A predictive approach to finding potential issues with steam or gas turbine valve actuators can help power plant operators realize cost savings and avoid unit downtime. Having a way to analyze actuator diagnostics can include conducting a hysteresis test to gather data.
Utilizing the data to establish a predictive maintenance practice allows operators to optimize a unit’s availability, while also reducing maintenance costs. The predictive approach allows savings to be realized by avoiding unnecessary periodic maintenance and assuring component integrity, thereby avoiding episodic maintenance due to in-service failures that often result in forced outages.
This service is available for all types of steam and gas turbine valve actuators. Differing approaches can be used to test everything from mechanical hydraulic units to the latest digitally controlled systems. Two instances of this practice were performed by MD&A Control Systems at two Xcel Energy-Colorado facilities: Unit 1 at the coal-fired Pawnee Generating Station and Unit 1 at the natural gas-fired Fort St. Vrain Generating Station.
“We wanted to test and diagnose our hydraulic actuators for our control valves, main stop valves, and combined reheat valves prior to our planned overhaul,” said Leif Bothun, a principal operational support consultant at Xcel Energy. “Our normal three-year valve outage interval had not normally covered removal of our actuators and all 10 were in the plan to be removed. Our valves operated smoothly, but that isn’t a good indication of the health of the actuators. By plotting the position versus the servo coil voltage, we were able to see if an actuator was in need of attention. Knowing which of the 10 actuators needed attention could have significant cost and time savings for the outage.”
No regulatory maintenance practices or intervals have been specified in the U.S. for non-nuclear steam turbine valves and actuators. Typically, original equipment manufacturers (OEMs), non-OEMs, and other industry organizations recommend minimum maintenance intervals for steam turbine valve inspection and repairs every three to five years.
Some in the industry say these inspections and repairs should occur, at a minimum, every 25,000 effective operating hours (EOH). Typically, customers’ hydraulic actuators have not been looked at on any defined interval and are often not addressed until there is an issue. Adopting a data-driven approach to condition analysis will produce the following benefits when compared to strictly periodic maintenance:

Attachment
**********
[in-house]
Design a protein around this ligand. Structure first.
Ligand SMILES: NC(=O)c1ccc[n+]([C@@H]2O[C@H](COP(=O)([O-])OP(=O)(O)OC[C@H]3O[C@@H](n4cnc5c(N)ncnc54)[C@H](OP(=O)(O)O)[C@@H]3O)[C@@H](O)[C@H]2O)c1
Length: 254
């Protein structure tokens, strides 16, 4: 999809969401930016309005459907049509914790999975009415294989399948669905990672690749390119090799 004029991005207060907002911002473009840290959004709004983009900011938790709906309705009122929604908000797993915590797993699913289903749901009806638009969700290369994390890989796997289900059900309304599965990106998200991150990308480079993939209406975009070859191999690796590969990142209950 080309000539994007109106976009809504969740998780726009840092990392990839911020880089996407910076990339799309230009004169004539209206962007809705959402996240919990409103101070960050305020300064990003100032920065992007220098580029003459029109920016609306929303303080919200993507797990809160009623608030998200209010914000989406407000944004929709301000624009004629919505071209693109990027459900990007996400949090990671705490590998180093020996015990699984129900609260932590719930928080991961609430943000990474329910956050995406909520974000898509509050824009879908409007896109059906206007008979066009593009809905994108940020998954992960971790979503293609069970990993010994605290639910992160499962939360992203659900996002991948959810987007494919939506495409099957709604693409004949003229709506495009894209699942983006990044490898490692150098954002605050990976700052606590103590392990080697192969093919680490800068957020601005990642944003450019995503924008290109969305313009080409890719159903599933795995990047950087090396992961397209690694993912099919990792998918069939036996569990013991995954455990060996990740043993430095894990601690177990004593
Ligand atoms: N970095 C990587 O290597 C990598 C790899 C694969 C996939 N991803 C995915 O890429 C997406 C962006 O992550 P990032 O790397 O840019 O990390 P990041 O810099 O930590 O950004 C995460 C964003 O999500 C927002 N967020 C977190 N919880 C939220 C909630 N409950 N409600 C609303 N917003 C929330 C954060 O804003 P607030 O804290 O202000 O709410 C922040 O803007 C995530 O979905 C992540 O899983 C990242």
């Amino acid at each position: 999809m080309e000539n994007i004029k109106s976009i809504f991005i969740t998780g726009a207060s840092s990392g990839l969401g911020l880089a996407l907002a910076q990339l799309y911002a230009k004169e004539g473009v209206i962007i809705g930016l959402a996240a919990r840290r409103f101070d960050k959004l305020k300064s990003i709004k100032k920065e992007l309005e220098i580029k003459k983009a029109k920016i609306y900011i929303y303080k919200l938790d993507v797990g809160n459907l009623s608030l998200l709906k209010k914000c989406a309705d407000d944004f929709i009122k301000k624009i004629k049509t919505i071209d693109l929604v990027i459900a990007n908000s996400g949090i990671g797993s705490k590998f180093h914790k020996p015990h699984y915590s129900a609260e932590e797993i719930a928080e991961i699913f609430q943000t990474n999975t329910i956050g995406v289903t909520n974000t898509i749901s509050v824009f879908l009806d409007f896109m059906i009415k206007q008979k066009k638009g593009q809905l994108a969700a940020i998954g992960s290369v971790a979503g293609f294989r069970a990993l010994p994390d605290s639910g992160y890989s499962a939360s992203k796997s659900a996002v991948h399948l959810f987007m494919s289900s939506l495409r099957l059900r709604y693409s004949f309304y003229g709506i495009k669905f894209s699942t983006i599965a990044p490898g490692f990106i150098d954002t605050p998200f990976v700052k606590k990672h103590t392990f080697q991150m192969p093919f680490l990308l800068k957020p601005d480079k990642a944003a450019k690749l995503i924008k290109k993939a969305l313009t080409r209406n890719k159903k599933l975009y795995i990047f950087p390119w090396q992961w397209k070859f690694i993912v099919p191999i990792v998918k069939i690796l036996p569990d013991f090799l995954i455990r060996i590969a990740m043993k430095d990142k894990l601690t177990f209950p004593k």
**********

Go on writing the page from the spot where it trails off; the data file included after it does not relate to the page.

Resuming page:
■ Understanding of, and insight into, the asset’s current operating performance.
■ Awareness of life expectancy predictions for individual system components.
■ The time and confidence to plan and optimize downtime.
■ The ability to focus on and manage costly repairs before they are required.
MD&A Control Systems began its steam turbine valve actuator diagnostics service by recording valve motion data from each of the customer’s control valves, main stop valves, and combined reheat valves. Each of these valves had servo modulated position control capabilities, and were opened and closed at a rate of 3% per second. Data was gathered for servo coil voltage and demodulated position feedback voltage.
1. This graph shows the valve motion data for a main stop valve using MD&A’s steam turbine valve actuator diagnostics service. Courtesy: MD&A Control Systems
Individual valve hysteresis test results for each valve were then graphed. There were no concerns of mechanical problems with the hydraulic cylinders on the control valves and intercept valves. As shown in the graph (Figure 1), on main stop valve 2 at Pawnee, the MD&A controls engineer observed that the measured servo coil voltage ramp rate showed anomalies. The slope changes indicate the actuator cylinder is either leaking or sticking.
2. A control system engineer recommended further investigation of main stop valve 2 at the Pawnee station based on information from a hysteresis test. Courtesy: MD&A Control Systems
Recommendations for the customer included further investigation of main stop valve 2 (Figure 2) within the next year. The hysteresis test should be performed again to confirm the anomaly is repeatable.
“Overall, I think it was and is a valuable way to do some testing to prevent unnecessary maintenance,” Bothun said. “These anomalies showed the actuator cylinder was likely leaking by internally given the smooth movement of the valve but an increase in servo coil voltage to overcome the increase in fluid flow through that section of the cylinder. I am glad they pinpointed which main stop valve had issue and recommended that we should inspect that actuator during our outage. We were able to reduce our planned maintenance costs by not having to remove all of the hydraulic cylinders and reduce the likelihood of unplanned downtime on the unit. MD&A was quick and responsive to our needs.”
The cost savings associated with this type of predictive analysis can be substantial. Maintenance on a high-pressure positioning actuator typically ranges from $20,000 to $30,000, including removal and re-installation costs. If the actuators on an average-size turbine are found to be in good condition as a result of the analysis, savings could be well above $200,000.
—Mike Broggi is a general manager for MD&A Control Systems.